Collaborator Contribution Conducting reannotation of the Anopheles gambiae genome based on RNA-seq data from the developmental transcriptome. Mapping the FAIRE-seq data to the genome and linking the mapped data the RNA-seq data.
Impact No outputs yet
Start Year 2017
 
Description Reannotation of the Anopheles gambiae genome 
Organisation Centre for Genomic Regulation (CRG)
Country Spain 
Sector Academic/University 
PI Contribution Generated and provided RNA-seq data from the developmental transcriptome of the mosquito Anopheles gambiae Manually browsed the transcriptomic data in the genome context and provided coordinates for genome regions with not annotated genes or genes requiring annotation corrections. Generated and provided FAIRE-seq data from embryo samples of Anopheles gambiae to identify regulatory elements controlling early embryo development.
Collaborator Contribution Conducting reannotation of the Anopheles gambiae genome based on RNA-seq data from the developmental transcriptome. Mapping the FAIRE-seq data to the genome and linking the mapped data the RNA-seq data.
Impact No outputs yet
Start Year 2017
 
Description Reannotation of the Anopheles gambiae genome 
Organisation Imperial College London
Country United Kingdom 
Sector Academic/University 
PI Contribution Generated and provided RNA-seq data from the developmental transcriptome of the mosquito Anopheles gambiae Manually browsed the transcriptomic data in the genome context and provided coordinates for genome regions with not annotated genes or genes requiring annotation corrections. Generated and provided FAIRE-seq data from embryo samples of Anopheles gambiae to identify regulatory elements controlling early embryo development.
Collaborator Contribution Conducting reannotation of the Anopheles gambiae genome based on RNA-seq data from the developmental transcriptome. Mapping the FAIRE-seq data to the genome and linking the mapped data the RNA-seq data.
Impact No outputs yet
Start Year 2017
 
Description 1st Research Coordination Meeting (RCM) of the Coordinated Research Project (CRP) on "Generic approach for the development of genetic sexing strains for SIT applications" Vienna, 7-11 October 2019 
Form Of Engagement Activity A formal working group, expert panel or dialogue
Part Of Official Scheme? No
Geographic Reach International
Primary Audience Professional Practitioners
Results and Impact FAO/IAEA Coordinated Research Project on exploring genetic and molecular methods of sex separation in insect pests; aimed at promoting specific areas of research, exchange of ideas and networking among the experts in the field.
Year(s) Of Engagement Activity 2019
 
Description EMBO Workshop: Molecular and population biology of mosquitoes and other disease vectors: vector and disease control 
Form Of Engagement Activity A talk or presentation
Part Of Official Scheme? No
Geographic Reach International
Primary Audience Professional Practitioners
Results and Impact Presentation on "Sex determination pathway in Anopheles gambiae as a target for mosquito control" given during the meeting held on 22 - 26 July 2019 in Kolymbari, Greece. Following a presentation a request was made to give an informal seminar at the Department of Life Sciences, Imperial College, London.
Year(s) Of Engagement Activity 2019
URL https://meetings.embo.org/event/19-mosquitoes
 
Description FAO/IAEA Coordinated Research Programme on methods of sex separation in mosquitoes; Research coordination meeting Bangkok 19-23 February 2018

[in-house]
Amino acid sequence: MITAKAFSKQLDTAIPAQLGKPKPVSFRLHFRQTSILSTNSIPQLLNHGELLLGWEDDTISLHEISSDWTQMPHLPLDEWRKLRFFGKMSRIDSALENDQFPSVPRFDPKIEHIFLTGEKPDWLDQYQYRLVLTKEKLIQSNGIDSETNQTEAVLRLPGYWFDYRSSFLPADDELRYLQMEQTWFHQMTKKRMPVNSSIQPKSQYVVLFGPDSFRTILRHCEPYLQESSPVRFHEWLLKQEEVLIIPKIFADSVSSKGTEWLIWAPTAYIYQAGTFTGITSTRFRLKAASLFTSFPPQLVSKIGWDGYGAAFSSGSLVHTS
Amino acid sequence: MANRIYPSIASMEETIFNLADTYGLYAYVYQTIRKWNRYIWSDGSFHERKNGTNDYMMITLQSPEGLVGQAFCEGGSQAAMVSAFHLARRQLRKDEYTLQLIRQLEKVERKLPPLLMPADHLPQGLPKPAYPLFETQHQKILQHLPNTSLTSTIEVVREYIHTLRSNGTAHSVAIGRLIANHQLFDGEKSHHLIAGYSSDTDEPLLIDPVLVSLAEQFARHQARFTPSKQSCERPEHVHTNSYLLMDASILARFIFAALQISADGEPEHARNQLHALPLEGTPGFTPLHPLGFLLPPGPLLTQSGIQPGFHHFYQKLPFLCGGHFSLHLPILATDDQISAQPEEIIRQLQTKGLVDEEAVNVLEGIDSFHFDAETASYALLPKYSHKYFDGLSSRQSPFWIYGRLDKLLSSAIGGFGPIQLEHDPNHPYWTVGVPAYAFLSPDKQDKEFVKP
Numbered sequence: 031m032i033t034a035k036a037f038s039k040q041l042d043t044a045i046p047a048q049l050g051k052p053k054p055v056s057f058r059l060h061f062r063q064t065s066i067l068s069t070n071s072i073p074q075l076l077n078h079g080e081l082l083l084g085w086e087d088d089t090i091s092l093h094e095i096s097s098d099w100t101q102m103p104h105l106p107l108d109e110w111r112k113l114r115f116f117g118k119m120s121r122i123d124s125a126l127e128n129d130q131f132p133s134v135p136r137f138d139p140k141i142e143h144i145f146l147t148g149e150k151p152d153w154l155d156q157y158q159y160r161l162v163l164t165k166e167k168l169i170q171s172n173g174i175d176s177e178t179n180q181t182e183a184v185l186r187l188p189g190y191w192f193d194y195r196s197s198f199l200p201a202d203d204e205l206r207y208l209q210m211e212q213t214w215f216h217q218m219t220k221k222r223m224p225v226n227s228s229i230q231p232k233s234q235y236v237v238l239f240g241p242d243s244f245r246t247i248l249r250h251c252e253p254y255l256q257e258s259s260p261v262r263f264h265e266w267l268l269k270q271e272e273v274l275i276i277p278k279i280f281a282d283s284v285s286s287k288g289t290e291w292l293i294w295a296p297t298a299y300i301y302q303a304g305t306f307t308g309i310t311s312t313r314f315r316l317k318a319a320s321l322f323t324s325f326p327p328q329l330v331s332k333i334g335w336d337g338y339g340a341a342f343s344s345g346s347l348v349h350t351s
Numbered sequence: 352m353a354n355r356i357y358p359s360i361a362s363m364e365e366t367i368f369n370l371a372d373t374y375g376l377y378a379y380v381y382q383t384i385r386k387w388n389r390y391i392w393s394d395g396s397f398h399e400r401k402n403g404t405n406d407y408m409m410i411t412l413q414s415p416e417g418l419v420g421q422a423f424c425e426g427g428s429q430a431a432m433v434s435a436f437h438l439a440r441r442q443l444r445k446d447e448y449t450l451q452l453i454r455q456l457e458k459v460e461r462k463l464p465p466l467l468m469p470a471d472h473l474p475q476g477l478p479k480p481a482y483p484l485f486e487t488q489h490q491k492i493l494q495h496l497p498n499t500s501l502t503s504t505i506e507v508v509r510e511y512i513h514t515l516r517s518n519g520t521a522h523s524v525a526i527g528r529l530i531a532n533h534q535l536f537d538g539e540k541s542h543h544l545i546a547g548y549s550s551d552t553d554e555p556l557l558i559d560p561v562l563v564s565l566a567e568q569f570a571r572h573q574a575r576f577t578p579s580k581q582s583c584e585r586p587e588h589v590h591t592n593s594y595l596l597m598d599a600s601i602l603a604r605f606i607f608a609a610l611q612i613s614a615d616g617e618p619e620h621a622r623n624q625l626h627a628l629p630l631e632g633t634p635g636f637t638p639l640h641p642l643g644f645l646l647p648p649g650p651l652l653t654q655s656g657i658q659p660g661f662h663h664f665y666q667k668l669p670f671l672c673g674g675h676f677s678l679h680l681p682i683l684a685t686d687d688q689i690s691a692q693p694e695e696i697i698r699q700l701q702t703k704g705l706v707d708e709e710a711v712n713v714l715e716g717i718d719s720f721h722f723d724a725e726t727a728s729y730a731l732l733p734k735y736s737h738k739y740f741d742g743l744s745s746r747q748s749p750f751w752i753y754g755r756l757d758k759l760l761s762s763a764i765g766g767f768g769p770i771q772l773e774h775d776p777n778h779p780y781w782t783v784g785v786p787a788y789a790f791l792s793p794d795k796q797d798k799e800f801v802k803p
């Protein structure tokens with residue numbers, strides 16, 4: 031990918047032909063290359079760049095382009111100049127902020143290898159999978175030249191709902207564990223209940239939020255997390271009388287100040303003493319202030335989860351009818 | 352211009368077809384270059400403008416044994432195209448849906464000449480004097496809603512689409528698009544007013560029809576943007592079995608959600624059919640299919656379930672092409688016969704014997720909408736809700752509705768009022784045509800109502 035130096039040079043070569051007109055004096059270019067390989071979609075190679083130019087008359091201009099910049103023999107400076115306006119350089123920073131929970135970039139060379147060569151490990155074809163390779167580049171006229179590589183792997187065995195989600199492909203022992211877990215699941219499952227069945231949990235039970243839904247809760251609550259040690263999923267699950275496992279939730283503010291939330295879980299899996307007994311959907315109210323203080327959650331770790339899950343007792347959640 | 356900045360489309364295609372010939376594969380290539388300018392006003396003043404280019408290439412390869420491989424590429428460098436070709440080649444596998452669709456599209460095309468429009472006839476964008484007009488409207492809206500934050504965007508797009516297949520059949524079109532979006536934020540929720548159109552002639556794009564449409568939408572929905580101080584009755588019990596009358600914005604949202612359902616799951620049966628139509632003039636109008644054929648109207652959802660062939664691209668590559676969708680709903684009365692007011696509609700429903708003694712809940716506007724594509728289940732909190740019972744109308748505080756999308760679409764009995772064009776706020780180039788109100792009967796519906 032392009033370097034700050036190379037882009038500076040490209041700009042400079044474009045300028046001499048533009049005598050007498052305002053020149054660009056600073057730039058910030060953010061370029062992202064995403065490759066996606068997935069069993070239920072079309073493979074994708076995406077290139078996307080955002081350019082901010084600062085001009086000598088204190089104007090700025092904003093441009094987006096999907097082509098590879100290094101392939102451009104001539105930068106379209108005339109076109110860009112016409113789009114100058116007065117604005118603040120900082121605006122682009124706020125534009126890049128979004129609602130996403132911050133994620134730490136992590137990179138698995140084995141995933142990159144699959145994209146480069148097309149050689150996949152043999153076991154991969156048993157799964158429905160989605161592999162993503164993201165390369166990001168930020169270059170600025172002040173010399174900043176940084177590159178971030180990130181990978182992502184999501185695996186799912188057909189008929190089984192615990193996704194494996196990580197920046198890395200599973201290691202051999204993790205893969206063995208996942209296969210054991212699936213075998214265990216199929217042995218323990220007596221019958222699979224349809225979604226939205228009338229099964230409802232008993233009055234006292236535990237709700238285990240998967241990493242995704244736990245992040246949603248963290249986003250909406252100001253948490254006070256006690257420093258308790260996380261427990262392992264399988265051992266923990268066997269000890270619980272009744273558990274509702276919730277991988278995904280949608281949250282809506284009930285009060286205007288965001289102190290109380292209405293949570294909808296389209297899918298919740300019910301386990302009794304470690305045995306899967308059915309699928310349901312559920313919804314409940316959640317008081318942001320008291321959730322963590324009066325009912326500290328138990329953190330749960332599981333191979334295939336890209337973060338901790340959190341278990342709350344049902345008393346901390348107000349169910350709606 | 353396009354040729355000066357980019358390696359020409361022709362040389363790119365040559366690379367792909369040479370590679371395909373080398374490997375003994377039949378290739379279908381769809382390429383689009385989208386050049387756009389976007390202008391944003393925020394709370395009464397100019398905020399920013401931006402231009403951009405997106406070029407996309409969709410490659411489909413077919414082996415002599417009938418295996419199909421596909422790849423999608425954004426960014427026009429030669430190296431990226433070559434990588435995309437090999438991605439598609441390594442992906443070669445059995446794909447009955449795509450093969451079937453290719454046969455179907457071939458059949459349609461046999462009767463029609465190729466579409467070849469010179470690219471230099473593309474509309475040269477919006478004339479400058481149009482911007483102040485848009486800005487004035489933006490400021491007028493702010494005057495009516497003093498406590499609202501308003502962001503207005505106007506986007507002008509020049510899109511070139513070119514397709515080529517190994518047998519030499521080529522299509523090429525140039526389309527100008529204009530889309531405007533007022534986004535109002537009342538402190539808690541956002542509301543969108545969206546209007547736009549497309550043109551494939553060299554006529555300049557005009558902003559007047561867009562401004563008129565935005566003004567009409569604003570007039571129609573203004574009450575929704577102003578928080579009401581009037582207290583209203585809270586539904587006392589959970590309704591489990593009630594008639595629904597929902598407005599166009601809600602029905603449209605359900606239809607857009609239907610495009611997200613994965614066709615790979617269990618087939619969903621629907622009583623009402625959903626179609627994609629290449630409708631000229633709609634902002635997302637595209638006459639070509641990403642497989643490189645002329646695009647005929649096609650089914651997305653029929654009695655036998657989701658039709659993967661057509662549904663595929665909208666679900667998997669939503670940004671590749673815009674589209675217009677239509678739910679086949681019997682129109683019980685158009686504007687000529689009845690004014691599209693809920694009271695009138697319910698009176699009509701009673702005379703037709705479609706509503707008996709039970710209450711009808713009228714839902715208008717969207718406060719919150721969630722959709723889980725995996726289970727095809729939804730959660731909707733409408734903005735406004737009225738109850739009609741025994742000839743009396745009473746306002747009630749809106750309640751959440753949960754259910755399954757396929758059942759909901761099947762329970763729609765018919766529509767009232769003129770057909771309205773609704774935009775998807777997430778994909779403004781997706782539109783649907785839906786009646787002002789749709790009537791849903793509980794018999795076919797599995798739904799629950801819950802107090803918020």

Form Of Engagement Activity A formal working group, expert panel or dialogue
Part Of Official Scheme? No
Geographic Reach International
Primary Audience Professional Practitioners
Results and Impact FAO/IAEA Coordinated Research Programme on exploring genetic, molecular, mechanical, and behavioral methods of sex separation in mosquitoes; aimed at promoting specific areas of research, exchange of ideas and networking among the experts in the field.
Year(s) Of Engagement Activity 2013,2015,2016,2018
 
Description Invited seminar at the National Health Research Institutes, Taiwan. 27 Feb 2018 
Form Of Engagement Activity A talk or presentation
Part Of Official Scheme? No
Geographic Reach International
Primary Audience Professional Practitioners
Results and Impact A presentation describing research in my group on mosquito developmental biology and its potential uses for mosquito control; attended by primarily by members of the National Mosquito-Borne Diseases Control Research Center.
Year(s) Of Engagement Activity 2018
 
Description Participation in a meeting regarding sex determination, Duesseldorf, Germany 
Form Of Engagement Activity A talk or presentation
Part Of Official Scheme? No
Geographic Reach International
Primary Audience Professional Practitioners
Results and Impact Presentation entitled "Sex determination pathway in Anopheles gambiae as a target for mosquito control" during the Nothiger meeting on sex determination in insects, Duesseldorf, 11-13 March 2019.
Year(s) Of Engagement Activity 2019
 
Description SMBE 2018 meeting 
Form Of Engagement Activity A talk or presentation
Part Of Official Scheme? No
Geographic Reach International
Primary Audience Professional Practitioners
Results and Impact Presentation entitled "Phylogenetically young genes and their function in Anopheles mosquitoes" given during the Society for Molecular Biology and Evolution 2018 meeting (8-12 July 2018) in Yokohama, Japan. Discussions held with potential collaborators on joined future research projects.
Year(s) Of Engagement Activity 2018
URL https://www.smbe2018.jp/
 
Description School visit (Farnborough) 
Form Of Engagement Activity Participation in an activity, workshop or similar
Part Of Official Scheme? No
Geographic Reach Local
Primary Audience Schools
Results and Impact Gave a presentation to a group of students about research performed at the Pirbright Institute and discussed various aspects of scientists' work.
Year(s) Of Engagement Activity 2018
 
Description School visit (Tillingbourne) 
Form Of Engagement Activity Participation in an activity, workshop or similar
Part Of Official Scheme? No
Geographic Reach Local
Primary Audience Schools
Results and Impact Gave a presentation to a group of students about role of insects in the environment; guided students in collection of insects and other invertebrates, and identification of collected material.
Year(s) Of Engagement Activity 2019